Freshly cut onions frequently elicit uncontrollable tears and a stinging sensation in the eyes of those in the vicinity. Syn-propanethial-S-oxide, a volatile liquid, and its aerosol, which stimulate eye nerves, are to blame for this. A series of reactions that act as a defense mechanism produce this gas: hacking an onion makes harm cells which discharges catalysts called alliinases.
Sulfenic acids are produced when amino acid sulfoxides are broken down by these. A second enzyme, lacrimatory factor synthase (LFS), quickly reacts with a specific sulfenic acid, 1-propenesulfenic acid, resulting in syn-propanethial-S-oxide. This gas diffuses through the air and before long arrives at the eyes, where it initiates tactile neurons. Tears are produced by the lacrimal glands to remove the irritant.
Cutting onions while submerged in a basin of water or under running water can prevent eye irritation. Because the onion base contains a higher concentration of sulfur compounds than the rest of the bulb, leaving the root end intact also reduces irritation.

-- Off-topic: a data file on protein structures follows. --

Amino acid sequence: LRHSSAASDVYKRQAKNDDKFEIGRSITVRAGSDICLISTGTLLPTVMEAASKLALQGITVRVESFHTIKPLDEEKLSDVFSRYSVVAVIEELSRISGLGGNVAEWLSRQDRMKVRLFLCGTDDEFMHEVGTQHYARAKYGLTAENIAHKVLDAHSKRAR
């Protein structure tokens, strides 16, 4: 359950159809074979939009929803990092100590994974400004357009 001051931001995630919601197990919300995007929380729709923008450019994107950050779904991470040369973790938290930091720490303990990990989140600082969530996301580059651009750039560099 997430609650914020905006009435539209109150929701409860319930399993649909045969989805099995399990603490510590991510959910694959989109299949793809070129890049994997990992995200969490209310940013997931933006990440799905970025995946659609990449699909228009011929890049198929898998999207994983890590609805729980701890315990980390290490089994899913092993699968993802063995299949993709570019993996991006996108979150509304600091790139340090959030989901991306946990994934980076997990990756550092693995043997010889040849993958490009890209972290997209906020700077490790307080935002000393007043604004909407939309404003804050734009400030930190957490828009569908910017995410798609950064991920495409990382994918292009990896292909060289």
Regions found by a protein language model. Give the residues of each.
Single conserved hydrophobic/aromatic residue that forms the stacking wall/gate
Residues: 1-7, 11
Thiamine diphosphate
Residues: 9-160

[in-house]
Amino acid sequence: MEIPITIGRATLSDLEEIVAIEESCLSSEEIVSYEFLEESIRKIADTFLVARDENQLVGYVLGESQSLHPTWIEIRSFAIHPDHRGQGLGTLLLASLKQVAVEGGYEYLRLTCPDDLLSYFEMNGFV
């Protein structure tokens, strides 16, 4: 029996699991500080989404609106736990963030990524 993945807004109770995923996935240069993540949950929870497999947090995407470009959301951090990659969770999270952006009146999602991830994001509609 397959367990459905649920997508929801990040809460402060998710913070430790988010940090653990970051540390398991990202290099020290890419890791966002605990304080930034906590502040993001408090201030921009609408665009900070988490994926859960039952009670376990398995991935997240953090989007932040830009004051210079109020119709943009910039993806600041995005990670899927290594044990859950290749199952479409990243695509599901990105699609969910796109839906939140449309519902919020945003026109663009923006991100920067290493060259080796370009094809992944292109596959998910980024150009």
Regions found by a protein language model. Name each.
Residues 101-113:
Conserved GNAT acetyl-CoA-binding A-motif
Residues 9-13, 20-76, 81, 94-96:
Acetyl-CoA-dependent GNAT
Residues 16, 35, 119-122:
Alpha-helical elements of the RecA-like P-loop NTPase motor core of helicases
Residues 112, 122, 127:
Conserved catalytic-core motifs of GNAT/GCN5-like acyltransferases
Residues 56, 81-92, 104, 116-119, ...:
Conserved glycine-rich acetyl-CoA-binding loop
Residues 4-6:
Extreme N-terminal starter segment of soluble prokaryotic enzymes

Allium species differ in terms of the amount of sulfenic acids released, lacrimal factor, and irritation effect. In order to prevent the synthesis of lachrymatory factor synthase in onions, the New Zealand Institute for Crop and Food Research created “no tears” onions in 2008. According to one study, consumers prefer onions with less LFS in their flavor. Since the cycle hinders sulfur ingestion by the plant, some track down LFS− onions mediocre in flavor.